tiananmen squareINDIANAPOLIS — University Library at Indiana University-Purdue University Indianapolis is making public more than 400 previously unseen black-and-white photographs of the historic student-led 1989 Tiananmen Square pro-democracy movement. The library has digitized photographs taken by an IUPUI professor and added them to the library’s online digital collections.

It was April 15, 1989, when Hu Yaobang, the ousted general secretary of the Chinese Communist Party, died in Beijing. Thousands of people went to Tiananmen Square to mourn his death. College students in Beijing universities soon turned the mourning into a grassroots movement that called for political reform, including an end to government corruption and a guarantee of freedom of speech. The movement ended abruptly with the killing of hundreds of protesting Chinese citizens during a military crackdown on June 4, 1989.

Thousands of media professionals, along with ordinary citizens, captured the events of the student-led movement on camera. Nevertheless, relatively few of these images survived since the Chinese government confiscated cameras and film in its crackdown on the movement and its leaders.

The photographs in the University Library digital collection, “Tiananmen Square, 1989,” are exhibited in memory of those who died during the movement. The collection can also serve as an educational tool for younger generations to learn about that period of history visually.

The photographer, Edgar Huang, a faculty member from the IU School of Informatics and Computing on the Indianapolis campus, was then a university instructor and a documentary photographer in Beijing. He traveled almost every day to different university campuses and different locations in Beijing, especially Tiananmen Square, to record with his Nikon F3 all the exciting, frustrating and sad moments.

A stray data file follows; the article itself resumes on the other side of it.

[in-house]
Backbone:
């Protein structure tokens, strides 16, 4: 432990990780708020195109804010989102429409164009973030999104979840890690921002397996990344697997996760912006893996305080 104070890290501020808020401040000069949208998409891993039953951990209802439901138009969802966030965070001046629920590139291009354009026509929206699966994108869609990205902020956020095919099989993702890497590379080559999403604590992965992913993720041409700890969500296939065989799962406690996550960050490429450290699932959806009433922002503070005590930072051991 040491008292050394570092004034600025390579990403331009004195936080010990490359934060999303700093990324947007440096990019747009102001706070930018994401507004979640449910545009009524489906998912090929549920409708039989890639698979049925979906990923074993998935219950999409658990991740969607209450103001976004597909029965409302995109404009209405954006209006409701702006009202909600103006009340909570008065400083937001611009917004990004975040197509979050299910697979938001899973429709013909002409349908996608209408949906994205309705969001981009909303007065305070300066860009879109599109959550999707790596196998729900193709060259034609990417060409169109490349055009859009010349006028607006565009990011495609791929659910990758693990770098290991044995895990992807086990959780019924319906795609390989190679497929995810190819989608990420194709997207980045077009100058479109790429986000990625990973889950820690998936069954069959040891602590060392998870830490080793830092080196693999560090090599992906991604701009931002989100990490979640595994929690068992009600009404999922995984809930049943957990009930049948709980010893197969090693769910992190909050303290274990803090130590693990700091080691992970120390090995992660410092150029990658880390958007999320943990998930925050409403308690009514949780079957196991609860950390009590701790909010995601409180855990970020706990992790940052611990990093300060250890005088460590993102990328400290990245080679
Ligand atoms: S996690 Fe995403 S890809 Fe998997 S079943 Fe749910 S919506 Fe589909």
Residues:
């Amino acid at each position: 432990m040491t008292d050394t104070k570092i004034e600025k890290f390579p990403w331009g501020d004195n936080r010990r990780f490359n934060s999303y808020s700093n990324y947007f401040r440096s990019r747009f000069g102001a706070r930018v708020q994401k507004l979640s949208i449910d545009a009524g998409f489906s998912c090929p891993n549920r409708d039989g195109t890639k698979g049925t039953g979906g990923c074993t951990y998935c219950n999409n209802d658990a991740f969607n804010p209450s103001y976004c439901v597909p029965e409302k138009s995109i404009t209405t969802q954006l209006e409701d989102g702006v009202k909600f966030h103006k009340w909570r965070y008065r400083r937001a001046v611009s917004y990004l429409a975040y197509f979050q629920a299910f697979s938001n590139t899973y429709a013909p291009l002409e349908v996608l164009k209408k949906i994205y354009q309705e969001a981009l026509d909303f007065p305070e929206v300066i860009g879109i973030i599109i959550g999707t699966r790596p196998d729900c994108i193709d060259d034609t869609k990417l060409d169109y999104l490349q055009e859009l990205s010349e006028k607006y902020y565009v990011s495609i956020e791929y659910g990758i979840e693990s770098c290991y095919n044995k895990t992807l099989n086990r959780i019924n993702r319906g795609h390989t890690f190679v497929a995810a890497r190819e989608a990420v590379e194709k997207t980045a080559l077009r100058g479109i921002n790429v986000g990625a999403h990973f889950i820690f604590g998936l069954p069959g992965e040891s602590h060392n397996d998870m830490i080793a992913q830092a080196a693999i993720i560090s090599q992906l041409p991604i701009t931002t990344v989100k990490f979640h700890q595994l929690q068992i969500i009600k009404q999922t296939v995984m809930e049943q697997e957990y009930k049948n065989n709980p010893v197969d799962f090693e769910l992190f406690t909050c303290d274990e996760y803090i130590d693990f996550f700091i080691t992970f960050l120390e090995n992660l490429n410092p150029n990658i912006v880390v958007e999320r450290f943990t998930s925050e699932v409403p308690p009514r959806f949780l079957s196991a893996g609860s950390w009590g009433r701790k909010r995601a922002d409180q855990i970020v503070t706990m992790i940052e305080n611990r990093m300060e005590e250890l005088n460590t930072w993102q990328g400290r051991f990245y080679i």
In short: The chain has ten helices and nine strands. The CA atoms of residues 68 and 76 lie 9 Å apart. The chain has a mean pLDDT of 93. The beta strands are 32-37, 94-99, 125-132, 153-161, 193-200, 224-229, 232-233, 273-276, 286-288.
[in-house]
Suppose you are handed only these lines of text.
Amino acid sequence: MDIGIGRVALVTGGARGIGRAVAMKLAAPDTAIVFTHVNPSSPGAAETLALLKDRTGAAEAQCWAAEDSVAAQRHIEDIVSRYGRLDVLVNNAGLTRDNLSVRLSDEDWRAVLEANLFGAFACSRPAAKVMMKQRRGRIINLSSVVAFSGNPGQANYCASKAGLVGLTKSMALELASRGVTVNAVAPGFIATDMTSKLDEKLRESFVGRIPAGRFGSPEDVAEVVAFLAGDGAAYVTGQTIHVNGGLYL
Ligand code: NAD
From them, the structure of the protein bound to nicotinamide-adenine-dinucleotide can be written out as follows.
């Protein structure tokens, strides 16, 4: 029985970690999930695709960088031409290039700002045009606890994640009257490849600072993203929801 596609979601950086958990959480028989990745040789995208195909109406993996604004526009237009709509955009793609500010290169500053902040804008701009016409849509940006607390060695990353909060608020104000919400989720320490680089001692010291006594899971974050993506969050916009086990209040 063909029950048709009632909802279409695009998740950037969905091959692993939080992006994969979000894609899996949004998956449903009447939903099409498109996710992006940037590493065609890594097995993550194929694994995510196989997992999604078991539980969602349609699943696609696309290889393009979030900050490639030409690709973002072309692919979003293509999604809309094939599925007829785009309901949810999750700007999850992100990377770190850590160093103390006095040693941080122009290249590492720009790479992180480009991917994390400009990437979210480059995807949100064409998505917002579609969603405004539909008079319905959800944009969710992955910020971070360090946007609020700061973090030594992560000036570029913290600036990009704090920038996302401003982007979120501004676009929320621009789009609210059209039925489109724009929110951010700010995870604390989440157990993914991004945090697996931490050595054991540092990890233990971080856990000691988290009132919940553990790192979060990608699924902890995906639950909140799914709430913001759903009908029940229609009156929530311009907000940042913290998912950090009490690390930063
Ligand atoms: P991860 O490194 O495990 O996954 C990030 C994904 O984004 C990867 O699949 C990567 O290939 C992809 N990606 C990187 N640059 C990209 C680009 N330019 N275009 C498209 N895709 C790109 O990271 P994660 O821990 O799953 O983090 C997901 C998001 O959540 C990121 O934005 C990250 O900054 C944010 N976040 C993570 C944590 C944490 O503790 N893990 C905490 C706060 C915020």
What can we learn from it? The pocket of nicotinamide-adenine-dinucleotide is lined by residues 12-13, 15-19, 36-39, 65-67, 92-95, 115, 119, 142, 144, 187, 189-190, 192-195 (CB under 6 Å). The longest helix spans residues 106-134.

After the government crackdown, some of Huang’s negatives were confiscated, but more than 90 percent of his 54 rolls of 36mm film were carefully hidden in different locations in Beijing to avoid possible raids.

“Many young people in China have no recollection of what happened in Beijing in the spring/summer of 1989,” Huang said. “These photographs will serve as a reminder of numerous ordinary Beijing citizens’ bravery and are exhibited in memory of those who died.

“Thanks to my beloved late wife, Lily Sun, who brought the negatives to the United States in 1994, these photographs are now possible to be exhibited to the public.”

Huang expressed appreciation for the work of IUPUI University Library staff, especially Kristi L. Palmer, Jennifer Ann Johnson and Ann Lys Proctor, in making the digitization of all the negatives and eventually this online exhibition possible.

Located at 755 W. Michigan St. in the heart of the IUPUI campus, the University Library is a public library, serving nearly 1 million visitors a year, 10 percent of them community users. University Library supports students and faculty across all of IUPUI’s more than 200 degree programs with research expertise and a wide array of resources. Any resident of Indiana is eligible for an IUPUI University Library card.